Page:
Desktop virtualization is a computer process where individual workstations use a central desktop stored on a separate server. This server may have multiple desktop systems for different types of workers, such as a marketing department having a different desktop than tech support, but it doesn’t have individual desktops for each worker. The user can access the desktops anywhere she goes—as long as they workstation she uses to log in is compatible with the client, she can use their desktop anywhere.
With a desktop virtualization process, a central system stores all of the system’s information. This central server contains the hosted operating system and configuration information. If the server hosts multiple desktops, it has a different configuration setup or operating system installed for each one.
Generally, these desktops are very basic. They contain little by way of extra programming or personalized features. Many remote desktop systems allow individuals to save their personal settings on the server along with their desktop. These individual configuration files are usually very basic as well; the majority of systems try to keep desktops as similar as possible.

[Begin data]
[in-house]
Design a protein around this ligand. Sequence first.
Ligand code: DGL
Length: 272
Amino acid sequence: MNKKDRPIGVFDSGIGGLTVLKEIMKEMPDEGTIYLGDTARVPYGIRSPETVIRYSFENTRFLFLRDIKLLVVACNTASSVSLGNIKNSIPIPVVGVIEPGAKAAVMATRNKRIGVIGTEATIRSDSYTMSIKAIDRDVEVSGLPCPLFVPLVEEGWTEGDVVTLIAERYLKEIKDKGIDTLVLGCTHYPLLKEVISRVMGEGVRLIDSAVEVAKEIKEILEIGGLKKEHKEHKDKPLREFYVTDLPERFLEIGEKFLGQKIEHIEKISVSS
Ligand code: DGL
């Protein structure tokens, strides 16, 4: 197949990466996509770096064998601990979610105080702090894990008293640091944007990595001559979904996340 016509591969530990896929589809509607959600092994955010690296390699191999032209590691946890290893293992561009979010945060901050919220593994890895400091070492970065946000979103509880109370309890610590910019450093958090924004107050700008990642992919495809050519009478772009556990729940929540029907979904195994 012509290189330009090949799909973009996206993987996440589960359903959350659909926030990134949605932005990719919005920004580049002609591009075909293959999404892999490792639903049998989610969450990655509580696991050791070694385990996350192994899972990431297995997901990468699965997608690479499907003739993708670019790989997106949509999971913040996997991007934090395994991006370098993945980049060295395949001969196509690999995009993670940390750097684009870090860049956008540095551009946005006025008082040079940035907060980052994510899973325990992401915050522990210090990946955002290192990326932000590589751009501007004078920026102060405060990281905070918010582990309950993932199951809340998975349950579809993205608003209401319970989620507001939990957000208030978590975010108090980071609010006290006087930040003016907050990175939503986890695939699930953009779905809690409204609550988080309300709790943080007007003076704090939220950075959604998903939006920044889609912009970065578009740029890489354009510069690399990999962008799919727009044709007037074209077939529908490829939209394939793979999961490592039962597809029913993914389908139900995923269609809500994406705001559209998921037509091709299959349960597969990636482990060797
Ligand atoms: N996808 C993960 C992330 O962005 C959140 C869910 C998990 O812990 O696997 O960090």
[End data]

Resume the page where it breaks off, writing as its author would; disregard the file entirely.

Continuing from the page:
Saving configuration settings is just the tip of what the server does in a typical desktop virtualization process. They also allow the saving of documents and web histories. This will keep all of the information generated by a workforce in a single, central, location. With the exception of the client side system that allows a person to access the desktops, everything is done completely on the desktop server.
The desktop virtualization client is a piece of software that allows a workstation to talk to the desktop server. These clients are typically very small and will easily fit on removable storage devices. Since it is software that allows the systems to communicate, the hardware compatibility of the two systems is rarely an issue. The virtual desktop uses the hardware settings of the server and simply displays the desktop on the local machine. In addition, since the client is so small, it is often very easy to use it on a computer anywhere there is an Internet connection.
Desktop virtualization has a lot of benefits for an organization—centralized storage, easy upgrades and remote access, just to name a few—but there are several drawbacks. One of the largest problems is their dependency on high-speed Internet systems. Without a high-speed connection, users have significant lag times and the system soon falls apart. In addition, security problems affect every connected system, not just a single person’s machine.